Horace M. Wade (1916–2001)

Horace M. Wade was a United States Air Force officer whose thirty-nine-year career concluded with him holding the rank of four-star general and serving as vice chief of staff of the U.S. Air Force.

Horace Milton Wade was born in Magnolia (Columbia County) on March 12, 1916, one of five children of the Reverend Junius Wade and Ira Antoinette (Nettie) Torbet Wade. The family lived briefly in El Dorado (Union County) before moving to Wortham, Texas, where Wade graduated from high school. He returned to Arkansas, where he graduated in 1936 from Magnolia Agricultural and Mechanical Junior College (now Southern Arkansas University) in Magnolia.

His military career began in Magnolia in 1934 when he served in Company D of the 153rd Infantry Regiment of the Arkansas National Guard. In 1937, Wade entered the U.S. Army Air Corps Flying School at Texas’s Randolph Field, graduating in 1938 as a second lieutenant in the Air Corps Reserve.

He married Christine Murphy of Magnolia in 1940; they had no children.

He was assigned to the Eleventh Bombardment Squadron of the Seventh Bombardment Group in California, which was ordered to Hawaii in December 1941. Because his bomber was delivered late, he missed the Japanese attack on Pearl Harbor by one day. Wade would serve in the China-Burma-India Theater and in the Middle East during World War II, flying thirty-six combat missions and participating in the Air Corps’s transition from B-17 to B-24 bombers.

Wade briefly commanded the Twenty-ninth Bombardment Group in Idaho and served as a tactical air inspector for the Second Air Force before joining the general staff of the War Department in mid-1944. Two years later, he became deputy chief of staff of the Headquarters Air Transport Command.

Wade then attended the University of Arkansas (UA) in Fayetteville (Washington County), graduating in 1948 with a BS in business administration.

In August 1949, Wade joined the Strategic Air Command, serving with the Fifth Strategic Reconnaissance Wing in Idaho and the Ninety-first Strategic Reconnaissance Wing in Louisiana before taking command of the 301st Bombardment Win at Barksdale Air Force Base in Louisiana in early 1951.

Wade graduated from the National War College in 1955 before serving as the Strategic Air Command’s head of personnel in Omaha, Nebraska. Four years later, he took command of SAC’s 4310th Air Division in Morocco. In 1961, he became deputy commander of the Eighth Air Force in Massachusetts and, a year later, served as the assistant deputy chief of staff, plans, and programs at the headquarters of the U.S. Air Force at the Pentagon.

Promoted to lieutenant general, Wade took command of the Eighth Air Force in late 1964, a position he held about two years before returning to the Pentagon.

Wade became a four-star general in July 1968 and was appointed to concurrent roles as commander in chief of U.S. Air Forces in Europe and commander of the Fourth Allied Tactical Air Force, Allied Command Europe. On November 16, 1968, he stopped in Fayetteville to attend a game between the UA Razorbacks and Southern Methodist University; at half-time, Governor Winthrop Rockefeller declared “Horace M. Wade Day in Arkansas.” The following year, Wade was made chief of staff of Supreme Headquarters Allied Powers Europe.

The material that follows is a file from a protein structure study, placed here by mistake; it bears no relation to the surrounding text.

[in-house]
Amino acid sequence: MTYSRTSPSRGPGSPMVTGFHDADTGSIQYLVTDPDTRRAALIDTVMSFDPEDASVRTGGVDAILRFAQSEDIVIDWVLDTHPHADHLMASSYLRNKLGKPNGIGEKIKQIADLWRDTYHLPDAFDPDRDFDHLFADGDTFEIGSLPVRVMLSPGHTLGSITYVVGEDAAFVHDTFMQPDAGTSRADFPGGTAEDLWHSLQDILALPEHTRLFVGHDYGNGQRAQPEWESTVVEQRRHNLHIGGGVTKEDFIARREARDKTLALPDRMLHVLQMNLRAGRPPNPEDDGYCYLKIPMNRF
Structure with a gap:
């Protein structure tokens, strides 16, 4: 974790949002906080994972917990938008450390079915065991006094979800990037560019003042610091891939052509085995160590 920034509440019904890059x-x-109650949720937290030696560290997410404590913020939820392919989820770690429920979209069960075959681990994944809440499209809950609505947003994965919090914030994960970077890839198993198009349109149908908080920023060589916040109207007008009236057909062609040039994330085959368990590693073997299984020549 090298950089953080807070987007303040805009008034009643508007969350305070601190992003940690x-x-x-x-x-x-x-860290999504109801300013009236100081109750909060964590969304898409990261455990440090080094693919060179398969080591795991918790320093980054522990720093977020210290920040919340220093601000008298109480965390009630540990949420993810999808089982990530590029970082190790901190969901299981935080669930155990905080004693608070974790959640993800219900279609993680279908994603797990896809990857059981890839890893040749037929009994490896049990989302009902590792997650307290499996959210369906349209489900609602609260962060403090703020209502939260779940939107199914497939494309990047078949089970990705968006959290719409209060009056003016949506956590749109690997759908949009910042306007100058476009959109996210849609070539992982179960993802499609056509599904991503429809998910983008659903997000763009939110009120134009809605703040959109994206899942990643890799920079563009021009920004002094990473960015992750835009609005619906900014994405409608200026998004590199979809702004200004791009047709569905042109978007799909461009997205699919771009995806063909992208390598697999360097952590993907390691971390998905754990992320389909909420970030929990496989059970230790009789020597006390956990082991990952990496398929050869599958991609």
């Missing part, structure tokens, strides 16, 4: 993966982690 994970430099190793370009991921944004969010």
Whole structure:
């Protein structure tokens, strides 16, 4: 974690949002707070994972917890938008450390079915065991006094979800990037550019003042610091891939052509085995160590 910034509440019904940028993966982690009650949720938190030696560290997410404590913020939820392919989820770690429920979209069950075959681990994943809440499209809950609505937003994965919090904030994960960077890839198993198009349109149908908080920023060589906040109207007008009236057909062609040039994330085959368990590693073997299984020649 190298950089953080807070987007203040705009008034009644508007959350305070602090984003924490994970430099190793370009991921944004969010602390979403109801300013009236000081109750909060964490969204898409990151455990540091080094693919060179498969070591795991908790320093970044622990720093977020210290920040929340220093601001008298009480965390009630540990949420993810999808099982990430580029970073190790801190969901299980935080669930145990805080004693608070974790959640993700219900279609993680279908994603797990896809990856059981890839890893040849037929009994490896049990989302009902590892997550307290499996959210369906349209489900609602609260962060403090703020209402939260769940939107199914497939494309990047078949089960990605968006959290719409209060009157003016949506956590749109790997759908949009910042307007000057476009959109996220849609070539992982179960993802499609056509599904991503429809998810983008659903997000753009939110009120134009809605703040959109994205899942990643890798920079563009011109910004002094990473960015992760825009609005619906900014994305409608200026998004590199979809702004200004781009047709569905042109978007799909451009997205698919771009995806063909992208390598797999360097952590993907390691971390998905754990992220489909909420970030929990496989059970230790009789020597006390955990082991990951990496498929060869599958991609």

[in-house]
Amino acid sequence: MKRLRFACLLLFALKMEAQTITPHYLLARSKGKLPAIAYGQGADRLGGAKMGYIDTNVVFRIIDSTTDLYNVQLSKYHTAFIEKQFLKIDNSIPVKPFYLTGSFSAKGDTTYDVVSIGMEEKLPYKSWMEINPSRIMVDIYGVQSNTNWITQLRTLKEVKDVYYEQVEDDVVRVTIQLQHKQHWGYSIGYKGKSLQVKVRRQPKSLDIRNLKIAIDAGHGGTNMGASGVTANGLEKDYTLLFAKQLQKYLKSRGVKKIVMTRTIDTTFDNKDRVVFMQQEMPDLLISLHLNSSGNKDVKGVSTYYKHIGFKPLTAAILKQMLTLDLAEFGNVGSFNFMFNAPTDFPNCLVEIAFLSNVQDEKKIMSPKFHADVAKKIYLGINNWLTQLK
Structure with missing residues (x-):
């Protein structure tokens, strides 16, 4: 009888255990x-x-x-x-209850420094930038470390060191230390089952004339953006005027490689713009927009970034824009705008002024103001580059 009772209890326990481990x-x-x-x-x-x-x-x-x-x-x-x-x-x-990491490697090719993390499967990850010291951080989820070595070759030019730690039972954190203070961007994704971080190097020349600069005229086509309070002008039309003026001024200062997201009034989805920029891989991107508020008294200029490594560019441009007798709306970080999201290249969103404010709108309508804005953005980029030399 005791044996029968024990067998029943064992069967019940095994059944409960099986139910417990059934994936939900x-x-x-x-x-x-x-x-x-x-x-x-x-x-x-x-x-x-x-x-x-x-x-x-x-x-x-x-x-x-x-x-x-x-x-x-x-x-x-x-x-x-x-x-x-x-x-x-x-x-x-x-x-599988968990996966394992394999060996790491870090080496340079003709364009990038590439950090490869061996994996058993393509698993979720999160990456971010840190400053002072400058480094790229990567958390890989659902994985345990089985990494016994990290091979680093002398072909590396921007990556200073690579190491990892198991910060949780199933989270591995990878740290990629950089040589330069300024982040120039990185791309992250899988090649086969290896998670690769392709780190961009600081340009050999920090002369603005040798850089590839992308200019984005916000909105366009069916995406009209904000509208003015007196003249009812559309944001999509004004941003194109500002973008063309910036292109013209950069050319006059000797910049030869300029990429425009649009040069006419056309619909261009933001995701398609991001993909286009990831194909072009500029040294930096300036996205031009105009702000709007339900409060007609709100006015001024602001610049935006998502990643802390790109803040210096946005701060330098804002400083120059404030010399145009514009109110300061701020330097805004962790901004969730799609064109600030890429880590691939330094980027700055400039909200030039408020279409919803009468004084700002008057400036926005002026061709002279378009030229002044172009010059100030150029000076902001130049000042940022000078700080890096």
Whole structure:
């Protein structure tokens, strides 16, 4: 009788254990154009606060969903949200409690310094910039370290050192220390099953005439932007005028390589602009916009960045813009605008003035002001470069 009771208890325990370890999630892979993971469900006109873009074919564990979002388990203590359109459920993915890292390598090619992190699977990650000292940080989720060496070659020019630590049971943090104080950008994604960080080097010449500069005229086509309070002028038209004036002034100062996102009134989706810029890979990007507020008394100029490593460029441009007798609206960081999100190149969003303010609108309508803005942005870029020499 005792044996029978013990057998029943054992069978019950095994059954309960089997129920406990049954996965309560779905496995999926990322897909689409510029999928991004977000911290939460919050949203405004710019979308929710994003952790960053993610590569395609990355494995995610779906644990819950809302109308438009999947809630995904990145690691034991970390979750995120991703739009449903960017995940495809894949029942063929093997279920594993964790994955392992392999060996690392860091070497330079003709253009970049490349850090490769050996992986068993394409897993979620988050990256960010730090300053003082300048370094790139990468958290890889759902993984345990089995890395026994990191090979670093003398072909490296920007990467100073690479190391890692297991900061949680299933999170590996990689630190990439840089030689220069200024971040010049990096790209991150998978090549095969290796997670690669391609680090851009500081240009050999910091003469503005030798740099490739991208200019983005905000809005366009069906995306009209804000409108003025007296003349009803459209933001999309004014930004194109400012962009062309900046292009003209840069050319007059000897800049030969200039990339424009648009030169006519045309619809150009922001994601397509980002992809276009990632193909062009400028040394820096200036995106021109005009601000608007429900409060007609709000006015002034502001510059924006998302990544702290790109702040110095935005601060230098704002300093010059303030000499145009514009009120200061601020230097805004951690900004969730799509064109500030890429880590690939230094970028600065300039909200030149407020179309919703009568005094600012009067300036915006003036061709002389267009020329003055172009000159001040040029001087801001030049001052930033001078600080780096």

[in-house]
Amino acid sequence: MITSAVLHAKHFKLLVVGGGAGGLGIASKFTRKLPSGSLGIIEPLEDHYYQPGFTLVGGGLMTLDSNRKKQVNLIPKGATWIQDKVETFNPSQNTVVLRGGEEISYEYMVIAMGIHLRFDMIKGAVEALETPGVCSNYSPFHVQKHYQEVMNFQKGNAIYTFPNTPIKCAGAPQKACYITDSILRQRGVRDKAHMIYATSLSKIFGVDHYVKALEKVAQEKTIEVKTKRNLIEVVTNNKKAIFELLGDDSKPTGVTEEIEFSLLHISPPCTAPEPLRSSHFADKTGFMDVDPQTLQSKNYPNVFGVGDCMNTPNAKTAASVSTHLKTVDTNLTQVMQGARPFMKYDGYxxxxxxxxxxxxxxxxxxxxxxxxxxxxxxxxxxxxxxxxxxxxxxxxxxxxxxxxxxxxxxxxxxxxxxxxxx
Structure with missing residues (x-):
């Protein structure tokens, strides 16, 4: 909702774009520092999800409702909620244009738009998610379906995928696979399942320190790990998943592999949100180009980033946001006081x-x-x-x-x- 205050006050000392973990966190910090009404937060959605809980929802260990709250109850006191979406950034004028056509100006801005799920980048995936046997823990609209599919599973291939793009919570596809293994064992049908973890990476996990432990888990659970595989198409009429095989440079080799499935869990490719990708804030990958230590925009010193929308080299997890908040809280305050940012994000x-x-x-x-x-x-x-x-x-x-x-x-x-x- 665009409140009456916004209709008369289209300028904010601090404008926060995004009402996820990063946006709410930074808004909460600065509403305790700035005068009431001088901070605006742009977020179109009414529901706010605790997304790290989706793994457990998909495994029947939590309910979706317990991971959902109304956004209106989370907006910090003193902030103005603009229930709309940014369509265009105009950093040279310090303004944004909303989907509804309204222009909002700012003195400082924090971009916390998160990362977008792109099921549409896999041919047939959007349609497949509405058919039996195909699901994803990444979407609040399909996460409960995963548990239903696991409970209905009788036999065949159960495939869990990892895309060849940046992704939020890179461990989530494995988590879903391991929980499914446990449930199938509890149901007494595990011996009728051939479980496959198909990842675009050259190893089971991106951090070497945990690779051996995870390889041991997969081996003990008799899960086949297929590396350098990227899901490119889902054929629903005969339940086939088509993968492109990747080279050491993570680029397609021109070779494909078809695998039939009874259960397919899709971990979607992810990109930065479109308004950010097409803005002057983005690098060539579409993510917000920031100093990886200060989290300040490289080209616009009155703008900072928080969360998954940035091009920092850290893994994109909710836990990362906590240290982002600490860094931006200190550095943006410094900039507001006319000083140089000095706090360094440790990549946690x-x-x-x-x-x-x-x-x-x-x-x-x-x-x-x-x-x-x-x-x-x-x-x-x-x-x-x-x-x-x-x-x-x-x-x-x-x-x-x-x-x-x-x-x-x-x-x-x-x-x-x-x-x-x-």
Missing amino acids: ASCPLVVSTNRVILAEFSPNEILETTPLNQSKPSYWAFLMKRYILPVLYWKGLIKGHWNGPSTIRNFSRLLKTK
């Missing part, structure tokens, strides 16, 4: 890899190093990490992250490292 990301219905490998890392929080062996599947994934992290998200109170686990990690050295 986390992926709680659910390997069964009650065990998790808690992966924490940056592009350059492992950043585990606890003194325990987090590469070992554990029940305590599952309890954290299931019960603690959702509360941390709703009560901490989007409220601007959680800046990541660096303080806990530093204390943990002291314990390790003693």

The Magnolia native reached the pinnacle of his career on May 1, 1972, when he became vice chief of staff of the U.S. Air Force. He retired the following year.

Horace and Christine Wade made their retirement home in Tucson, Arizona, where he died on June 14, 2001. He is buried in the United States Air Force Academy Cemetery in Colorado Springs, Colorado. His wife died in 2014.

Wade was the recipient of military honors including the Distinguished Flying Cross, Silver Star, and Distinguished Service Medal with oak leaf cluster. In 1997, the U.S. Air Force created the Gen. Horace M. Wade Innovation Award, which recognizes an individual at an installation, operational, or staff level who initiated innovative change that enhanced operational support to combat troops.

For additional information:
“Gen. Horace Milton Wade.” Find-A-Grave. https://www.findagrave.com/memorial/19085542/horace-milton-wade (accessed May 5, 2023).

“General Horace M. Wade.” U.S. Air Force. https://www.af.mil/About-Us/Biographies/Display/Article/105330/general-horace-m-wade/ (accessed May 5, 2023).

“General Will Be Honored.” El Dorado Times, November 16, 1968, p. 3.

“General’s Career Star-Studded.” Tucson Citizen, November 14, 2000, p. 2C.

“Promotion for Gen. Horace M. Wade.” Shreveport Journal, June 1, 1968, p. 2.

“Retired Four-Star General, Horace Wade.” Tucson Citizen, June 23, 2001, p. 6B.

Mark K. Christ
Central Arkansas Library System


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